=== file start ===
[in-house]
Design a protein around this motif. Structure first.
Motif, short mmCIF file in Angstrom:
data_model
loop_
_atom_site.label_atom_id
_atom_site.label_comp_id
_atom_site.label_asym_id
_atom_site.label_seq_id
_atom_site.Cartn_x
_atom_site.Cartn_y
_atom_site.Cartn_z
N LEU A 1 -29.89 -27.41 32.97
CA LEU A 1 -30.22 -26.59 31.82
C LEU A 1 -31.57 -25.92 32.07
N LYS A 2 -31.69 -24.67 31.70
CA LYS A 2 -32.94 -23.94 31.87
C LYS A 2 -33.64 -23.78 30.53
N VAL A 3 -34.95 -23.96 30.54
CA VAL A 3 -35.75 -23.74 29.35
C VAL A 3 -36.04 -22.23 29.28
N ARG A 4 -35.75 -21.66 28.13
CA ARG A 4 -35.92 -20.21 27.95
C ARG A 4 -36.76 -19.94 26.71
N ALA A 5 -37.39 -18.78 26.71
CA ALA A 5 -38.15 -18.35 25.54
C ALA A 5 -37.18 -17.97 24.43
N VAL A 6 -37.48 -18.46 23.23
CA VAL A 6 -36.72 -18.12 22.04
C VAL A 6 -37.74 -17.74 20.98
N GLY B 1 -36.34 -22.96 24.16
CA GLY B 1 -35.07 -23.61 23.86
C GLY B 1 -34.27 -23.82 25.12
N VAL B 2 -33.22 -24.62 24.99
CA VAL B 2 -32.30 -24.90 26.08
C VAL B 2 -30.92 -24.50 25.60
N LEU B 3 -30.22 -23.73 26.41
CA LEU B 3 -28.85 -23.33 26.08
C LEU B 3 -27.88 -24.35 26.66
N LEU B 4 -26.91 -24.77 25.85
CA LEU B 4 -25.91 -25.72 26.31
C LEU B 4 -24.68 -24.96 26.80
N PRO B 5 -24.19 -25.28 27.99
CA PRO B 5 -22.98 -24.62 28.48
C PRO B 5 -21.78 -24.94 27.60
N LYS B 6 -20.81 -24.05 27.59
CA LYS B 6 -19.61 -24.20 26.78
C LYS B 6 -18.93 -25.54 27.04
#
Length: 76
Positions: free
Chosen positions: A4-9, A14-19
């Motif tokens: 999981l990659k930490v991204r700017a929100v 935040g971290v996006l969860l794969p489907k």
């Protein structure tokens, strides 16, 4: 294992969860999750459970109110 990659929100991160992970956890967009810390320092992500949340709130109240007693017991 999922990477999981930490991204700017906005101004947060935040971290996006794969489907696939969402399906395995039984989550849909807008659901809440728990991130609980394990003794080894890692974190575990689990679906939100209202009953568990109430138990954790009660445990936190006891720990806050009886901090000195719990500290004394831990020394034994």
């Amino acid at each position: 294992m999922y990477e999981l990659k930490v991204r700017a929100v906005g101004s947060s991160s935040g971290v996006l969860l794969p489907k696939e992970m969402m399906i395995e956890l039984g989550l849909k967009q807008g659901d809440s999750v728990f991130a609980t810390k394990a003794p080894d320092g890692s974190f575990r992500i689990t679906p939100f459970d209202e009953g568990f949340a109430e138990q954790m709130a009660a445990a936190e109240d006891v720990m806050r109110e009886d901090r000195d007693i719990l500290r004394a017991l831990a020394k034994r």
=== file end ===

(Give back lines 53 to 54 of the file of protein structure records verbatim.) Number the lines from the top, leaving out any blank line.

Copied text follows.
């Motif tokens: 999981l990659k930490v991204r700017a929100v 935040g971290v996006l969860l794969p489907k």
């Protein structure tokens, strides 16, 4: 294992969860999750459970109110 990659929100991160992970956890967009810390320092992500949340709130109240007693017991 999922990477999981930490991204700017906005101004947060935040971290996006794969489907696939969402399906395995039984989550849909807008659901809440728990991130609980394990003794080894890692974190575990689990679906939100209202009953568990109430138990954790009660445990936190006891720990806050009886901090000195719990500290004394831990020394034994």